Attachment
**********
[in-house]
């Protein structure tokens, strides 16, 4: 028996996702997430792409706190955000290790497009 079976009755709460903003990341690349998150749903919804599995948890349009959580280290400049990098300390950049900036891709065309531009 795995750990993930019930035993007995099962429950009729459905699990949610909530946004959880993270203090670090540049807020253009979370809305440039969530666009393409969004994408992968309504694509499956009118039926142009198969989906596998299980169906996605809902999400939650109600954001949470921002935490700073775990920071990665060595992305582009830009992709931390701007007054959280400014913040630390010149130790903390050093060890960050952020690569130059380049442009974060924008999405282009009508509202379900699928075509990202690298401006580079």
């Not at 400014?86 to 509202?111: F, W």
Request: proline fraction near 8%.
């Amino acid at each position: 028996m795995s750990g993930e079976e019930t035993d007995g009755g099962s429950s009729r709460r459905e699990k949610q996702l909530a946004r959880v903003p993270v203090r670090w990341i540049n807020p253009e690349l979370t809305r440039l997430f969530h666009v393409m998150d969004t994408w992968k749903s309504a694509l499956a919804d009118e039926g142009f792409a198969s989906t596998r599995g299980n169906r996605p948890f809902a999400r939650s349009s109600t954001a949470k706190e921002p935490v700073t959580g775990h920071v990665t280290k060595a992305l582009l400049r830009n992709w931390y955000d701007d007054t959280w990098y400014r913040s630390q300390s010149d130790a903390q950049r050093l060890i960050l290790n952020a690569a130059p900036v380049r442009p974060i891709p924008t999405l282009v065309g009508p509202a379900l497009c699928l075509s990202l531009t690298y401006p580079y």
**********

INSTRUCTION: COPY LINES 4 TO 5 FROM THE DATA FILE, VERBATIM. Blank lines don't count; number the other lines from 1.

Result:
Request: proline fraction near 8%.
């Amino acid at each position: 028996m795995s750990g993930e079976e019930t035993d007995g009755g099962s429950s009729r709460r459905e699990k949610q996702l909530a946004r959880v903003p993270v203090r670090w990341i540049n807020p253009e690349l979370t809305r440039l997430f969530h666009v393409m998150d969004t994408w992968k749903s309504a694509l499956a919804d009118e039926g142009f792409a198969s989906t596998r599995g299980n169906r996605p948890f809902a999400r939650s349009s109600t954001a949470k706190e921002p935490v700073t959580g775990h920071v990665t280290k060595a992305l582009l400049r830009n992709w931390y955000d701007d007054t959280w990098y400014r913040s630390q300390s010149d130790a903390q950049r050093l060890i960050l290790n952020a690569a130059p900036v380049r442009p974060i891709p924008t999405l282009v065309g009508p509202a379900l497009c699928l075509s990202l531009t690298y401006p580079y």